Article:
Intentions of the Holy Father for April

Ecology and Justice. That governments may foster the protection of creation and the just distribution of natural resources.
Hope for the Sick. That the Risen Lord may fill with hope the hearts of those who are being tested by pain and sickness.

Communion of Saints

Feast of All Saints (1 Nov)

The term Communion of Saints can give misleading impressions, or even leave the reader drawing a blank. It's really not meant to be that complicated or obscure though. Today is the Feast of All Saints, those recognized and canonized (the ones with "St." in front of their name), and those unknown and unhailed (maybe like your grandma). Today seems like an according good day to reflect on what it is that we Christians are all called to be.

Communion is an intimate sharing, to the point of oneness (unio, in Latin). What is shared? Lots of things: your stuff, your time, your hopes and fears, maybe your time and place, even yourself, your heart, your life. What kind of sharing is it? It isn't contractual sharing, where one party gives such-and-such in return for a return from the other. That's business, not communion. In communion, each party gives of himself without waiting to see whether the other makes an adequate return. In communion, each party has to make a sort of leap of faith - giving even his own self, without knowing if the other will even care. The communion happens when the return is made, and both parties are sharing - but if each party waits for the other, it never happens, and if either party only makes the gift looking for something in return, then it's only business. There might be bumps in the road. Bumps occur when one party forgets to keep giving, or starts looking for something more in return. The miracle is that as long as the one who begins to falter turns back to the right way of sharing, the communion can actually become stronger because of such trials. More sharing of more important things with less demanded in return means more communion.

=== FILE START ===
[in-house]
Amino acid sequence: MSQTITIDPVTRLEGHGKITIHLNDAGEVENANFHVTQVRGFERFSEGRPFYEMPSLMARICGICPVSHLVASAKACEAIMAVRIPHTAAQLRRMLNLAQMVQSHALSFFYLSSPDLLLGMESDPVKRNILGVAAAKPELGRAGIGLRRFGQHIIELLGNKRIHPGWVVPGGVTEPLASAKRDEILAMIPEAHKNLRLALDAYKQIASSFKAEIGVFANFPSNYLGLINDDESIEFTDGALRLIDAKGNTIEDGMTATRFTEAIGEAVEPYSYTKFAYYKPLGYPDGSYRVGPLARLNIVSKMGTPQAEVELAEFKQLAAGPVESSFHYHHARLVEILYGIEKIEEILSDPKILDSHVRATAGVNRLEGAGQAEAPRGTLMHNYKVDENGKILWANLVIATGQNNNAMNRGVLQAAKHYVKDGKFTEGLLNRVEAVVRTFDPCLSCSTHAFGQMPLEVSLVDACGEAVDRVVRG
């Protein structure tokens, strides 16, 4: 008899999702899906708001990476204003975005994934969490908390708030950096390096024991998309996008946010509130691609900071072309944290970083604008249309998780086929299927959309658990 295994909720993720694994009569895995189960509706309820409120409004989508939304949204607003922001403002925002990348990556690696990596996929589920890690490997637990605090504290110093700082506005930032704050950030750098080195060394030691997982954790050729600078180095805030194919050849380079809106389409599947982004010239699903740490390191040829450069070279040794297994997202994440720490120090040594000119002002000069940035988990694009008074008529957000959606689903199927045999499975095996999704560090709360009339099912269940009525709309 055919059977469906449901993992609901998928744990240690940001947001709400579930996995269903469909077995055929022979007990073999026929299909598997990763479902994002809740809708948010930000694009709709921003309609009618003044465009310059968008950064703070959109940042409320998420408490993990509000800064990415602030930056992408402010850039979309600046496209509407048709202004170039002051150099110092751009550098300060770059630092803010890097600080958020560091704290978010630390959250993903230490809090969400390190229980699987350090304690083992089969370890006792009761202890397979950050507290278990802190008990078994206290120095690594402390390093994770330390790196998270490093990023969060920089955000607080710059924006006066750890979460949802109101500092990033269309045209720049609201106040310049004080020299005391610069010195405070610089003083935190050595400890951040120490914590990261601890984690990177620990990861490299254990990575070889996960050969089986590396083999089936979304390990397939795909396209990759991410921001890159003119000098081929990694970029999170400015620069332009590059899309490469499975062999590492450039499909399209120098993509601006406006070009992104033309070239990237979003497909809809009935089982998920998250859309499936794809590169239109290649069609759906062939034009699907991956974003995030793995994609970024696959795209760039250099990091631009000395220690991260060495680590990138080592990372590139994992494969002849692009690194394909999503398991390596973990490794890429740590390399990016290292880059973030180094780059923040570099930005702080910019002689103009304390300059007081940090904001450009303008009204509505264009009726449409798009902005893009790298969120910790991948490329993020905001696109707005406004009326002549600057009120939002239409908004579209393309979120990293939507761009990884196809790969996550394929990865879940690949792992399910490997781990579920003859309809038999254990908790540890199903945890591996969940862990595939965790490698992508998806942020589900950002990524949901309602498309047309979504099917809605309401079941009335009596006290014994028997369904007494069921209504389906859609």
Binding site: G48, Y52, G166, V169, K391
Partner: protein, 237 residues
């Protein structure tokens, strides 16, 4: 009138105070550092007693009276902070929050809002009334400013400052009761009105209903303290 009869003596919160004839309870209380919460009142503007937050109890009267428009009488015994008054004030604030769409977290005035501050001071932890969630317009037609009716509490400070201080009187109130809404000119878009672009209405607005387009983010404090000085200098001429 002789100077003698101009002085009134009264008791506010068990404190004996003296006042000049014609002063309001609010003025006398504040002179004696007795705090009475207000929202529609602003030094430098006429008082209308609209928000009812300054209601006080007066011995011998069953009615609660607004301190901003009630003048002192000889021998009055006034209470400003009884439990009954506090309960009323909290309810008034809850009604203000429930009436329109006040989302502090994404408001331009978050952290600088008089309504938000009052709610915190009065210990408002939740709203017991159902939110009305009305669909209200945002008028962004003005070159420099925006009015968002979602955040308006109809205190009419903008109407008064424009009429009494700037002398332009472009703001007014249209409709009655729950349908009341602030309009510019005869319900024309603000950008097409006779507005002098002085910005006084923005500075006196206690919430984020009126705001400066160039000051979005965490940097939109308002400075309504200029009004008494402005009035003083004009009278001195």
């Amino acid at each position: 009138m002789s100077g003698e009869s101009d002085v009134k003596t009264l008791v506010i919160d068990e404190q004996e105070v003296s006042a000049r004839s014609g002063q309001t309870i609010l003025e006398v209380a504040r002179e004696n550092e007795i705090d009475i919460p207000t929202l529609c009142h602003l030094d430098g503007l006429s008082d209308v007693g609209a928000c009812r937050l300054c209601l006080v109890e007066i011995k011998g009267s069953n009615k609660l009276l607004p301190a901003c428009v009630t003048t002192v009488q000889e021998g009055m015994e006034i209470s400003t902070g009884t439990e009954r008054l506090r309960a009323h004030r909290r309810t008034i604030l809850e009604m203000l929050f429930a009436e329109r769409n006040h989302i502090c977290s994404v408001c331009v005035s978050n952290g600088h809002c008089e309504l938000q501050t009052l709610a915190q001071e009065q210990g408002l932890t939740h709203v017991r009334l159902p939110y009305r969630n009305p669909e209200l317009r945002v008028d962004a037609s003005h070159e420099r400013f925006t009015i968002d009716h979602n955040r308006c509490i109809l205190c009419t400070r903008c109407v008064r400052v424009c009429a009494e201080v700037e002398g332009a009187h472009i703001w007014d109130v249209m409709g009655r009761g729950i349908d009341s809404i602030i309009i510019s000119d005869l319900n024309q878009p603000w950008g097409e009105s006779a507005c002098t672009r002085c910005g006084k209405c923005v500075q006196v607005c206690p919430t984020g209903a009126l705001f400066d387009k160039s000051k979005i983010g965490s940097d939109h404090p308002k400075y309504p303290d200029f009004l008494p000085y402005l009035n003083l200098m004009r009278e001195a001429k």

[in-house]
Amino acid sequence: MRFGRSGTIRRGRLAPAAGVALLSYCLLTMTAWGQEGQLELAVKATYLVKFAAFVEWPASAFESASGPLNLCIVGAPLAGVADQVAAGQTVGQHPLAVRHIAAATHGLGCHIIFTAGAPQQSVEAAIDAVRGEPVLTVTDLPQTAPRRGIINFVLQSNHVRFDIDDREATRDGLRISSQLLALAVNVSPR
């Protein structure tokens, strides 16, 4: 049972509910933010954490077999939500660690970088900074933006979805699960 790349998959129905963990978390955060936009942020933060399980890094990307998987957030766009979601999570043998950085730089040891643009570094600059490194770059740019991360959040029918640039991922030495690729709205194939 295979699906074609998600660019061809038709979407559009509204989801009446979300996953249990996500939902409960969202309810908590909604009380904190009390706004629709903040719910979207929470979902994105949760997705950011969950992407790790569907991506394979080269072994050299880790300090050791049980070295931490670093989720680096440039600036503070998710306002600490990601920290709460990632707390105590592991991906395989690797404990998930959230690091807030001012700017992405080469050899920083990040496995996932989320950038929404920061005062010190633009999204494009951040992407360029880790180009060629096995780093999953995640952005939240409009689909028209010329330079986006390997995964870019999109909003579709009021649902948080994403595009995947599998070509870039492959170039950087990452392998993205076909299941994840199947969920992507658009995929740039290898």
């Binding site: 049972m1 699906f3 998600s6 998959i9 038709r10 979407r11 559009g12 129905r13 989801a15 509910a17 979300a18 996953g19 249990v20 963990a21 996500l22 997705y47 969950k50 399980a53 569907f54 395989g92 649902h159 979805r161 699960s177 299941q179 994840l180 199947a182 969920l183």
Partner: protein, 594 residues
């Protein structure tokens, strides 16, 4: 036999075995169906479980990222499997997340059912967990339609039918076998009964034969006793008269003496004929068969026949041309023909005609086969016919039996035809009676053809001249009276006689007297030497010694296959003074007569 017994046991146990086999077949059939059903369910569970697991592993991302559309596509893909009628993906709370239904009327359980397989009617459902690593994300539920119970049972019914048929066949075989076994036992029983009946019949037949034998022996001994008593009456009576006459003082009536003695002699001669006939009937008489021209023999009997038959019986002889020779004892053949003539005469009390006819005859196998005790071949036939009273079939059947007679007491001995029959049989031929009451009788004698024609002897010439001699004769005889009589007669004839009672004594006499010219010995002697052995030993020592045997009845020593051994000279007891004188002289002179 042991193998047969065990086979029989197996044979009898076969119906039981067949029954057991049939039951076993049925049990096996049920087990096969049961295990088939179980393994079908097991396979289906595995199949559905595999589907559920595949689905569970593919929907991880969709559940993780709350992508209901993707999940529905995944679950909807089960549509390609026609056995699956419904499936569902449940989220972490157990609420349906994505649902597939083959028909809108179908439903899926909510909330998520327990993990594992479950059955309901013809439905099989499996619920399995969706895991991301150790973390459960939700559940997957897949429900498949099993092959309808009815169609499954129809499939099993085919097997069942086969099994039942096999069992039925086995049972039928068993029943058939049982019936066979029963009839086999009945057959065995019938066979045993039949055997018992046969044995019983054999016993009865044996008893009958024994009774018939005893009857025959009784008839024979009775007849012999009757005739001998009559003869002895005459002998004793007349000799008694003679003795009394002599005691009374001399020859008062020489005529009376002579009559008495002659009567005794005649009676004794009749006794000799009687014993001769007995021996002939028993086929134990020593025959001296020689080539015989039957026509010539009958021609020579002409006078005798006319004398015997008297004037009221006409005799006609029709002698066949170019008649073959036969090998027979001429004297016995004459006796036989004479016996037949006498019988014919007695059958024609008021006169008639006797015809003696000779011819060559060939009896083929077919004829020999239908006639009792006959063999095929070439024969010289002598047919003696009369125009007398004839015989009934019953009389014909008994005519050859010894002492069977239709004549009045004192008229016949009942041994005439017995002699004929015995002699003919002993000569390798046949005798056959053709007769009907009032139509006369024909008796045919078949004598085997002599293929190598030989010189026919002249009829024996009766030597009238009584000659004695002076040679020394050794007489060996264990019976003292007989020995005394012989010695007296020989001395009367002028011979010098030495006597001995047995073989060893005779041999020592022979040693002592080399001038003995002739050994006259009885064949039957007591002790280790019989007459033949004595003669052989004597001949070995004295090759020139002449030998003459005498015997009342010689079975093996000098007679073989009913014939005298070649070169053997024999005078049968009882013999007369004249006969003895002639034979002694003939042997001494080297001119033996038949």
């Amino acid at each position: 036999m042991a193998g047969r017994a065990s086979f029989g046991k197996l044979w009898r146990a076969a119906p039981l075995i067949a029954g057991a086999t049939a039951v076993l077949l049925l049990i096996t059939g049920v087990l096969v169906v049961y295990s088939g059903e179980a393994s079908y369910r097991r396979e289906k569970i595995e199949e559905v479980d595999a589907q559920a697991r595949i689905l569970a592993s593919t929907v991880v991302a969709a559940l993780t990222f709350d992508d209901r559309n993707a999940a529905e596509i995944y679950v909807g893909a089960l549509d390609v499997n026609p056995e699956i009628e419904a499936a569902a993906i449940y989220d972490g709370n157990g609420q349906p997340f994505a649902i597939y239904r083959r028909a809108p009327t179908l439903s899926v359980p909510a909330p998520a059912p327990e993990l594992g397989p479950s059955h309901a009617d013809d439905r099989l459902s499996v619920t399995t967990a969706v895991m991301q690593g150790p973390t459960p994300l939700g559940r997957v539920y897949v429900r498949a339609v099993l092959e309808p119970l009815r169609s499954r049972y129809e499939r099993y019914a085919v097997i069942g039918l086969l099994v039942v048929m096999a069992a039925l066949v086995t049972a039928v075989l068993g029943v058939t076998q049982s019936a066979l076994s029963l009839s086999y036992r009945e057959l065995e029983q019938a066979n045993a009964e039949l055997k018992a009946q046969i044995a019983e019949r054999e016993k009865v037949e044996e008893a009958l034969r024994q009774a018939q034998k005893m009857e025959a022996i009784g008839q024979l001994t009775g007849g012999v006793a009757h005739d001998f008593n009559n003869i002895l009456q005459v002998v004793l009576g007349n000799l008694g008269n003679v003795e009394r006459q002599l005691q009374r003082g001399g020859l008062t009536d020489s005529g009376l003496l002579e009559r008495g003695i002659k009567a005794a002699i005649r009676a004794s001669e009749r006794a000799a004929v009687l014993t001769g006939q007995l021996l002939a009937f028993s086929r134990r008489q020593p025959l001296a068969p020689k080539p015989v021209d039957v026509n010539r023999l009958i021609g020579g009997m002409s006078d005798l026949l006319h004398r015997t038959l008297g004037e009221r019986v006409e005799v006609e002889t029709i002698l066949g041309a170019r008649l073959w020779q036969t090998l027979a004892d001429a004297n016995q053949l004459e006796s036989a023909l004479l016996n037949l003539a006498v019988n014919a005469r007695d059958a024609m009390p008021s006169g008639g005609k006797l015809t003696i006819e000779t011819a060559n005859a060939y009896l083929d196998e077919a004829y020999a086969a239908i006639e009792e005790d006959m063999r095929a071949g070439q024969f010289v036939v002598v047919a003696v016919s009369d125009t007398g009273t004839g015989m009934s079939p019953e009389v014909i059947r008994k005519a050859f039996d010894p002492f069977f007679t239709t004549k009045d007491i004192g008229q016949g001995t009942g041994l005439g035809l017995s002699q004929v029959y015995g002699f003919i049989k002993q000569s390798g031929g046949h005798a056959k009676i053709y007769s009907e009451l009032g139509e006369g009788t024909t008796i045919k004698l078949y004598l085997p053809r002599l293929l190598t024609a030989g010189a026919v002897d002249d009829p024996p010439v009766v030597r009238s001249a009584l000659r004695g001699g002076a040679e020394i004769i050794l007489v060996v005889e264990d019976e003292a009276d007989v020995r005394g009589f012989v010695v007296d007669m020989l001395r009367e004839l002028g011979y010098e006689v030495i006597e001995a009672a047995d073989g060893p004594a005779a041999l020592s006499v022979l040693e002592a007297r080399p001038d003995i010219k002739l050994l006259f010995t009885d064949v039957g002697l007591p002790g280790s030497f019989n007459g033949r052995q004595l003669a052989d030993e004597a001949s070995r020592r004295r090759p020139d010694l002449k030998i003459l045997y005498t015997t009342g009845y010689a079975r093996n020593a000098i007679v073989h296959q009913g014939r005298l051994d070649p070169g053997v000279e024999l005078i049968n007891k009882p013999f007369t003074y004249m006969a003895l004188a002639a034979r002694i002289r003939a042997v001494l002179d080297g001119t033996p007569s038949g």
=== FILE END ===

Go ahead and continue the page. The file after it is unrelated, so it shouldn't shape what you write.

Communion is the sort of life that God has. Father, Son, and Holy Spirit each sharing their whole self with the others, without waiting or wanting anything in return. This sort of love is what fills in the communion shared by the saints, but it doesn't come from them. In fact, when the saints start loving each other, they are usually very bad at it. Mother Teresa wasn't born with that name, nor with that degree of holiness, of godliness. She was born Agnes Gonxha Bojaxhiu in a backwoods area of Albania, and was probably pretty much like all the other girls in her town.

God makes each of us an offer, "If you would be perfect, go, sell what you possess and give to the poor, and you will have treasure in heaven; then come, follow me... Enter into the joy of your master," (Mt 19:21, and 25:21). Agnes Gonxha Bojaxhiu took God up on the offer. She got rid of whatever was going to hinder her acquisition of that communion. She gave and gave of herself to all around her. She grew in sanctity until she shined like a star.

Sanctity isn't anything ethereal or fluffy, and it's not anything in a pious picture. There aren't halos around the heads of saints as they walk among us. More often than not, there's dirt or pooh on their hands. At least, that's what was usually on Mother Teresa's. That's because sanctity is holiness, intimacy with the heart and mind and ways of God, sharing in His Life of Self-sacrificing Love.

God offers us each a share in His communion of sanctity. He does not want it to be just Father, Son, and Holy Spirit; rather, He wants it to be Father, Son, Holy Spirit, and Joe; Father, Son, Holy Spirit, and you! As we take God up on His offer, leaving behind our sins and anything else that encumbers us, we are drawn closer and closer into communion with God. As we enter into that communion, we share in the same communion as the others drawn by the same God. We enter into the Communion of Saints. That Communion is made of a love so strong that, in Christ, it conquered death, fulfilling the prophecy found in the Song of Songs. "Love is strong as death," (Song 8:6) and in us, as we allow God's love to grow, our hope of conquering death also grows. It allows us to trust Him more, and to leave behind everything else of lesser value, which is everything else. This love is so powerful, this Communion so deep, that we have reason to hope, joining into it, we too will conquer death on the Last Day. Even in the meantime, we are bound by it to the Saints in heaven, and share in their communion.

But we don't start out that way. We start out as a ragtag group of disciples each looking to Jesus and Holy Church for different reasons: some for bread, others for work. Some hope for help cleaning up an addiction. Some come because their parents make them. Some are looking to get help for their kids, new friends, or a fresh start in life. For whatever reason we come, Jesus trains and disciplines us to start looking, not for what we can get, but for what we can give. He teaches us to have constant recourse to Him for all that we need - wisdom, strength, support, love. He helps to keep us focused on Him and on His Will and on His Kingdom. That's how we start: each of us a little Agnes Gonxha Bojaxhiu. The question is where we will end. Will you be the next saint in Holy Church, even if you never get your "St."?

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